With deep sadness, the National Tax Association mourns the passing of Ranjana Madhusudhan on April 27. We send our deepest condolences to her family and friends.
Ranjana served as President of the NTA from 2007 to 2008, following her year as First Vice President. As part of her work with the NTA, she initiated a program on State and Local Tax as part of the NTA’s Spring Symposium. Since joining the NTA in the 1980s, she was a regular participant of both the NTA’s annual meeting and its Spring Symposium. During her presidency, she spearheaded the Special NTA Conference on Fiscal Sustainability and expanded the NTA’s focus and attention to issues related to fiscal federalism and state and local taxation. She was nominated to the NTA board in 1998 and chaired the program committee for the 95th Annual Conference on Taxation in Orlando in 2002.
“Ranjana was a beloved member of the NTA. She cared deeply about the organization, and was known universally for her kindness, good spirits, and willingness to speak the truth,” said William Gale, NTA President.
Her NTA Presidential Address, which she gave at the NTA’s 101st annual meeting in Philadelphia, was titled “Long-Run Fiscal Balance and Sustainability: Intergovernmental Perspective and a Collaborative Agenda” and focused on issues of particular concern to state and local governments. She gave her address just weeks after the financial crisis erupted in September 2008, a crisis that created extraordinary fiscal stress not only for the federal government, but for state and local governments as well. As she noted, New Jersey’s projected revenue shortfall tripled between September and October 2008. She stressed the need for intergovernmental collaboration and cooperation across all types of government during that time of crisis.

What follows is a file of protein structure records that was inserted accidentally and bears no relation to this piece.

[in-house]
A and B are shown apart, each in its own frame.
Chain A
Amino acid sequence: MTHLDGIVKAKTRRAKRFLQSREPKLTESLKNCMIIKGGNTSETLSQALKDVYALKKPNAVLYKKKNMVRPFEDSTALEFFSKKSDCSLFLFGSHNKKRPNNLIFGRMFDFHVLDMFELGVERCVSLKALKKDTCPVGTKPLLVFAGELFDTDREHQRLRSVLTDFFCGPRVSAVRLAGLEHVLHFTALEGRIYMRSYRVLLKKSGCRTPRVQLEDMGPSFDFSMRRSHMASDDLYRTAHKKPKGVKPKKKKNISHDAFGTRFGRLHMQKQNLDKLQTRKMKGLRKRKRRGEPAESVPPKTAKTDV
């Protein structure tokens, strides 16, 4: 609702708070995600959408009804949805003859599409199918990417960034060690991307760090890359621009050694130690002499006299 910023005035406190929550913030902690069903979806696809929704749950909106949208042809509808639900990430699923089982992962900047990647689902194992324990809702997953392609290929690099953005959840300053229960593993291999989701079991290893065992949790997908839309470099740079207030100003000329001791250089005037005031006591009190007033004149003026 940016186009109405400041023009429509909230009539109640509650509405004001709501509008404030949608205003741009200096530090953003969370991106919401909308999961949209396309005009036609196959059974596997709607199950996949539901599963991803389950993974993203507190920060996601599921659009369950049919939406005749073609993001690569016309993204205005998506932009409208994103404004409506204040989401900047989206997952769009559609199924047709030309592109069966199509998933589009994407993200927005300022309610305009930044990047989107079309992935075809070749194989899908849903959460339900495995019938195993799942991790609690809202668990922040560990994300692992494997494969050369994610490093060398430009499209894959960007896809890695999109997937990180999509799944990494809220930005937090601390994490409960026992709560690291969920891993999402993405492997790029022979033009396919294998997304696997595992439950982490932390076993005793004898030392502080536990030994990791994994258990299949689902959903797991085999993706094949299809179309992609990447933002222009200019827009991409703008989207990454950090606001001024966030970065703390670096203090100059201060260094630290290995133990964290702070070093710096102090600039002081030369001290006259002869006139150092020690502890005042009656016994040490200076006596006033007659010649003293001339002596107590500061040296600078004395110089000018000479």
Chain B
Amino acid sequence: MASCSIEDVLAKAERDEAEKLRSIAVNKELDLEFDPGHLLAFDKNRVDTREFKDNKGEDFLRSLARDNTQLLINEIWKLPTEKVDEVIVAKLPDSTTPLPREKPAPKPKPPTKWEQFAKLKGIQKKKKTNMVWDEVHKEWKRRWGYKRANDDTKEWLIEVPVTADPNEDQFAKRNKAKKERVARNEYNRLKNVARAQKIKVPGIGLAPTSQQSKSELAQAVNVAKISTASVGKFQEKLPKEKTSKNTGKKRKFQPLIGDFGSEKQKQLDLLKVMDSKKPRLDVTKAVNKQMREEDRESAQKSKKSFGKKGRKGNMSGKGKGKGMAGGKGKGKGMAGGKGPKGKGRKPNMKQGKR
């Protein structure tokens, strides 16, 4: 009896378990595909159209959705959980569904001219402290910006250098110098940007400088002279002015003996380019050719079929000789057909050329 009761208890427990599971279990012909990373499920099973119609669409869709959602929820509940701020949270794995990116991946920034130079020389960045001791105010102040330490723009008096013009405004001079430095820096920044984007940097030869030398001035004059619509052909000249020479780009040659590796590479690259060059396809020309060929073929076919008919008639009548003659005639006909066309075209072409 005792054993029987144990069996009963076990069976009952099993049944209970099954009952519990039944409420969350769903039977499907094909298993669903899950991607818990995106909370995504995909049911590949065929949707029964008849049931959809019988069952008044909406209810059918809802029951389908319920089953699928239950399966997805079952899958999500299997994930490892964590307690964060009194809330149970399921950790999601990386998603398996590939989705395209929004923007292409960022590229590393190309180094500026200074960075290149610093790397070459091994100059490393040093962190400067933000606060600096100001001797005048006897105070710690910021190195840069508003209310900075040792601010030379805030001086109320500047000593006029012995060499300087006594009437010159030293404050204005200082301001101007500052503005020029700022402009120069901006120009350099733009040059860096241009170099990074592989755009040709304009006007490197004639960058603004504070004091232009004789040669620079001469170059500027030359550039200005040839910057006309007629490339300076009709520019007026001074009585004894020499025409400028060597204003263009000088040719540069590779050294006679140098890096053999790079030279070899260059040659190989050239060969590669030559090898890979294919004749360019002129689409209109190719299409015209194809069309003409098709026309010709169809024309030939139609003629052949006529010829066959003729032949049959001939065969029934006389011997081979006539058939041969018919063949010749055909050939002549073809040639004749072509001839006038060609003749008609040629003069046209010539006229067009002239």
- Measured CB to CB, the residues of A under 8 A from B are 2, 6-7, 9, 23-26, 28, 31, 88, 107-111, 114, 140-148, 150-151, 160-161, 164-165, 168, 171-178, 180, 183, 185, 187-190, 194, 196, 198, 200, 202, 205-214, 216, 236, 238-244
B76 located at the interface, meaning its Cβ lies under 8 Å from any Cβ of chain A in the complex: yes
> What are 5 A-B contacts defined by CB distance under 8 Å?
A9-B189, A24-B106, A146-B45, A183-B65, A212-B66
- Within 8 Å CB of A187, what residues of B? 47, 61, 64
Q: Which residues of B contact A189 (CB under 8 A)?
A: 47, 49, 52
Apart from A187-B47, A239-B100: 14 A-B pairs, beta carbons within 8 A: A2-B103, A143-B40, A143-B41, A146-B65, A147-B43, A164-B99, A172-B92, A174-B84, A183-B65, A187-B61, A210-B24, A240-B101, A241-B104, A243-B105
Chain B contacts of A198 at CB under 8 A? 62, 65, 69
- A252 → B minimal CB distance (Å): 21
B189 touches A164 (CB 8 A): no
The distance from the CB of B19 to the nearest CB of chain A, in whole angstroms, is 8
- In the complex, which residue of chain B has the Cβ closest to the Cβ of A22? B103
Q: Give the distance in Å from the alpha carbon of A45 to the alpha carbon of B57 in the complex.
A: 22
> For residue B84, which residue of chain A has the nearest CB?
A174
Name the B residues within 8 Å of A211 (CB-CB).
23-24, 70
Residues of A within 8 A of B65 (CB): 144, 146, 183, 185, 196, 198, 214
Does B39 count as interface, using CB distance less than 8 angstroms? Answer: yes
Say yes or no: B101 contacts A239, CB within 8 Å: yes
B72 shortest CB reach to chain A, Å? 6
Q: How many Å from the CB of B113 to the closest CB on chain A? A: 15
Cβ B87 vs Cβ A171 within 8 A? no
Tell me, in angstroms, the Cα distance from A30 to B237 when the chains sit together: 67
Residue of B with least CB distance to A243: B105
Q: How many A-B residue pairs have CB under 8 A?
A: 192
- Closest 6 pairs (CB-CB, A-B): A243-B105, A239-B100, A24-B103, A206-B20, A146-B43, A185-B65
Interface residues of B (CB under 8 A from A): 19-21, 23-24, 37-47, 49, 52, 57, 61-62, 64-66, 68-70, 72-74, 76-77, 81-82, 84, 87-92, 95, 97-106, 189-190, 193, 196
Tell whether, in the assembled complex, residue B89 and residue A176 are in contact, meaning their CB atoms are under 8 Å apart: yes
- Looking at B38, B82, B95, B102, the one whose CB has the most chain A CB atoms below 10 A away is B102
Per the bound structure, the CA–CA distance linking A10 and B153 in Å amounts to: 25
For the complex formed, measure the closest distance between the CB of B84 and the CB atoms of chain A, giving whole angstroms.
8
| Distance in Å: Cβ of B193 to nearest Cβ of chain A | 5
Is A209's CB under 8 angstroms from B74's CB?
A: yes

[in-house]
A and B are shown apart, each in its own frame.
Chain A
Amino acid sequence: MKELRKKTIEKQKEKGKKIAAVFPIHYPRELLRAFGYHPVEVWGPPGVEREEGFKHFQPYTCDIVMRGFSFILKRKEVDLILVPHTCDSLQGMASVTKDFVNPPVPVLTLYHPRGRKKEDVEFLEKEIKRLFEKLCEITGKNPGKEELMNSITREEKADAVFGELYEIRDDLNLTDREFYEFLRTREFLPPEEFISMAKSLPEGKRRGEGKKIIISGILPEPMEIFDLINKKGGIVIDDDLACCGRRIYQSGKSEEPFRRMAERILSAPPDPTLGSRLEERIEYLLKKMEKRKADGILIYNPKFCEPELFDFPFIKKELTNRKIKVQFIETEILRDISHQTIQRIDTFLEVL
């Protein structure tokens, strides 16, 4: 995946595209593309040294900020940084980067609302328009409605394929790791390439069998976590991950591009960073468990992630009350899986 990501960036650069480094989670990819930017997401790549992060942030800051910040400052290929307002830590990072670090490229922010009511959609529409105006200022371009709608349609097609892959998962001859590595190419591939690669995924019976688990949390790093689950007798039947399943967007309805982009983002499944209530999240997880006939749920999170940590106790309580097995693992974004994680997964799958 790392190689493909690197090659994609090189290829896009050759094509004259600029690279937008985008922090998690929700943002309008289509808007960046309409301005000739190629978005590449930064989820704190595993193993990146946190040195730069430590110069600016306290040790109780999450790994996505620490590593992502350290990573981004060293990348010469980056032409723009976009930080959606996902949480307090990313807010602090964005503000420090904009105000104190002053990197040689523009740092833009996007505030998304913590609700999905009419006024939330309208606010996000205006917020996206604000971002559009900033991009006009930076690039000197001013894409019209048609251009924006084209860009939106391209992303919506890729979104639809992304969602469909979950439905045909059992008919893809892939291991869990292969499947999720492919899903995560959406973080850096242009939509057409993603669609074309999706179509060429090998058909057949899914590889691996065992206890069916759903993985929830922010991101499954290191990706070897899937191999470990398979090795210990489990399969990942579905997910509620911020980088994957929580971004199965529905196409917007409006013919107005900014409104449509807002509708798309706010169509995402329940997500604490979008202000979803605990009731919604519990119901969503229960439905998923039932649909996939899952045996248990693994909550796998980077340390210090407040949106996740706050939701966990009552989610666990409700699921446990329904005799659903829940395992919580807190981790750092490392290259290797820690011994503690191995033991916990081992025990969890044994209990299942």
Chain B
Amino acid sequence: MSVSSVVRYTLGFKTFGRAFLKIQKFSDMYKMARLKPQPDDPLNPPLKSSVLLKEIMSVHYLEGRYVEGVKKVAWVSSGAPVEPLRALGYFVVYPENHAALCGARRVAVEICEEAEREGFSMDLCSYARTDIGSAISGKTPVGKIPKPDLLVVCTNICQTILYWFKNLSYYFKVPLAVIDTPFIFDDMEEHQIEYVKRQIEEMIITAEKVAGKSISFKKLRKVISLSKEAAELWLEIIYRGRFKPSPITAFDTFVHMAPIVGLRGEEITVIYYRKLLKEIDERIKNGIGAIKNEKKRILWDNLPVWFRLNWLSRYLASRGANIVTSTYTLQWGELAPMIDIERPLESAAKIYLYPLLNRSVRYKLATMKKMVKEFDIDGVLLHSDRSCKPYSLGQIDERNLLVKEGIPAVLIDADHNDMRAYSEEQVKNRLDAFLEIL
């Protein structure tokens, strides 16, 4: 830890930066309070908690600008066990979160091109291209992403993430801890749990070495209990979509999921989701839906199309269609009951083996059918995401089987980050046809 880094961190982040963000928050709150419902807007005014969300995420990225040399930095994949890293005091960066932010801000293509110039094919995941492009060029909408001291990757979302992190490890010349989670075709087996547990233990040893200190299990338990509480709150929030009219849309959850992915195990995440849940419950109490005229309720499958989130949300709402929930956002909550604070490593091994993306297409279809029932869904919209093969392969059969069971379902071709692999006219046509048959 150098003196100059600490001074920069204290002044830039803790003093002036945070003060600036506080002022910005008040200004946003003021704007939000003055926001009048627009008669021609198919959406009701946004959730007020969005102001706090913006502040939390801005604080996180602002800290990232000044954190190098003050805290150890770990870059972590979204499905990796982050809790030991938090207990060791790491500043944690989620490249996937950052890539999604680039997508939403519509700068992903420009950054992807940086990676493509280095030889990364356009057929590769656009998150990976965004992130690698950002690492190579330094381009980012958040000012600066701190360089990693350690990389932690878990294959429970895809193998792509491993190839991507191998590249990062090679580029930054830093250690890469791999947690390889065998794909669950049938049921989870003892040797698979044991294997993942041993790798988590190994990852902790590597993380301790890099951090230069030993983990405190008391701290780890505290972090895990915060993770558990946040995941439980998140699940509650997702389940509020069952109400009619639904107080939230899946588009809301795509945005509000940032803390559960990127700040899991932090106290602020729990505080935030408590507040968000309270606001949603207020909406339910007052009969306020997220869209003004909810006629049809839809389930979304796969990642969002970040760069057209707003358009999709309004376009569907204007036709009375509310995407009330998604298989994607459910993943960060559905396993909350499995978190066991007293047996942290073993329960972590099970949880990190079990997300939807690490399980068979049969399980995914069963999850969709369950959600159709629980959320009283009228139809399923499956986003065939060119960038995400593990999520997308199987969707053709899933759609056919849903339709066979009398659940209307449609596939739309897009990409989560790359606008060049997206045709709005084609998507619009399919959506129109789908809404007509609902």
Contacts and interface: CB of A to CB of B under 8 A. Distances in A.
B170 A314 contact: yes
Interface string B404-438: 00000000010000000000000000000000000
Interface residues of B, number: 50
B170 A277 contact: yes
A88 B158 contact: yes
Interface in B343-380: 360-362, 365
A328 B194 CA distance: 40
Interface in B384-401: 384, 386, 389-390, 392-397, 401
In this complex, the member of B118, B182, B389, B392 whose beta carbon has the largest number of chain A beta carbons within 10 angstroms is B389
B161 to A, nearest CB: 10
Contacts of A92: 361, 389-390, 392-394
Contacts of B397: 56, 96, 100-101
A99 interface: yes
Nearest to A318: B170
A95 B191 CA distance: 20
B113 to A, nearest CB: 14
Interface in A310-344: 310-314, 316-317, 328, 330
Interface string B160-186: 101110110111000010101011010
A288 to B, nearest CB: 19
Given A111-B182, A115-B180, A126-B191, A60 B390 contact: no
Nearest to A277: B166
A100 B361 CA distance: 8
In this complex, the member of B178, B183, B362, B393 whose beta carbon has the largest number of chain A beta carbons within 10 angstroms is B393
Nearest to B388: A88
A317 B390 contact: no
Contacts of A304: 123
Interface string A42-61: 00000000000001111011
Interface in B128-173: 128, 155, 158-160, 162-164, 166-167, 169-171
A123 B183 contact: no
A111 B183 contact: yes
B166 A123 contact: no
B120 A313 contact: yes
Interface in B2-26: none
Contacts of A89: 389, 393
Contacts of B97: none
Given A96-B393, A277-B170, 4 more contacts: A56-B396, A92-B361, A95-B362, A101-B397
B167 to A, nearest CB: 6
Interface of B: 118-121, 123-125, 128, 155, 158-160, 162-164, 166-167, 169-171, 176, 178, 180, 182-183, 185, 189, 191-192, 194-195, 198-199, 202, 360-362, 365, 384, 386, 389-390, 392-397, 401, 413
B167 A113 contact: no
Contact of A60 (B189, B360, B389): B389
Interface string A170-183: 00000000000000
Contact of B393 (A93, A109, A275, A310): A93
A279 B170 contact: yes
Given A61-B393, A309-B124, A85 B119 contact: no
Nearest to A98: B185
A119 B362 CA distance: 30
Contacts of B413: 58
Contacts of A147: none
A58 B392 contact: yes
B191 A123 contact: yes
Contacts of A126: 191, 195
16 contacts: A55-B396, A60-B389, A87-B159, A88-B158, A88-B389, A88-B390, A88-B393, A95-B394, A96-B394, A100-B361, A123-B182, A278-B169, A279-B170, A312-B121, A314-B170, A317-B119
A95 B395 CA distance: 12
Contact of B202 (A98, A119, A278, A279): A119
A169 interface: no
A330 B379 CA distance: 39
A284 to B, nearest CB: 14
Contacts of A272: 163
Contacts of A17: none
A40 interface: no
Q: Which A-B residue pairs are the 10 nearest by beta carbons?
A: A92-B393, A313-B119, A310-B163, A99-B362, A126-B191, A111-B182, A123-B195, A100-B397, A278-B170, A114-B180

“Ranjana made extraordinary contributions to tax administration and economic policy during her more than three decades in New Jersey state government. She was a trail-blazer in many ways, including the forging of strong bonds between the government and academic tax policy communities. She was devoted to the goal of improving the design and implementation of tax policy, and she was a tireless promoter of the NTA and all that it embodies,” said James M. Poterba, President of the NBER and former NTA President.
“For over 30 years Ranjana has been one of my dearest friends, so I know how important the NTA has been in her life. Prior to her illness, I cannot remember her missing an annual meeting or spring symposium. She was enthusiastic and conscientious about putting together panels, and participated actively in the sessions, often asking great questions during the Q & A. She highly prized the honor of being president of the association. She planned to keep attending NTA meetings until she was 90. Alas, that was not meant to be,” said Daphne A. Kenyon, PhD, NTA Board Member.
Ranjana served as the Chief Economist of the state of New Jersey. This position was a capstone to her long career with the New Jersey Department of the Treasury, where she established her reputation as a valued expert in budgeting, forecasting, and public finance. She served in numerous capacities with the New Jersey Treasury and prior to the position of Chief Economist in 2018 had completed an eight-year stint as Deputy Director of the Office of Revenue and Economic Analysis where she also served as an economic adviser to New Jersey’s governor and treasurer.
“Throughout an exemplary four decades with the Department of the Treasury, she broke barriers as she rose to become the state’s Chief Economist. But, more importantly, I will remember Ranjana for her kindness and her fighting spirit,” said Gov. Phil Murphy in a government release.
She was also an adjunct professor at Rutgers University, worked as a consultant and researcher for the World Bank and was a member of the editorial board of the Public Budgeting and Finance journal. She began her career in state government as a Research Associate for the State and Local Expenditure and Revenue Policy Commission.
Ranjana earned her Ph.D. in economics from the Maxwell School of Citizenship and Public Affairs at Syracuse University. She received a Master of Philosophy in economics from the University of Hyderabad and a Bachelor of Arts in economics with honors from the University of Delhi in India.
The New Jersey State Legislature passed a Joint Legislative Resolution acknowledging her life of public service and professional accomplishments. Link is unavailable at this time.)
The NTA will recognize Ranjana’s life, career, and service to NTA at a future date.
Ranjana is survived by her husband, Madhu Kotta, her children, Aditya and Shefali Kotta, and her beloved granddaughter, Nora.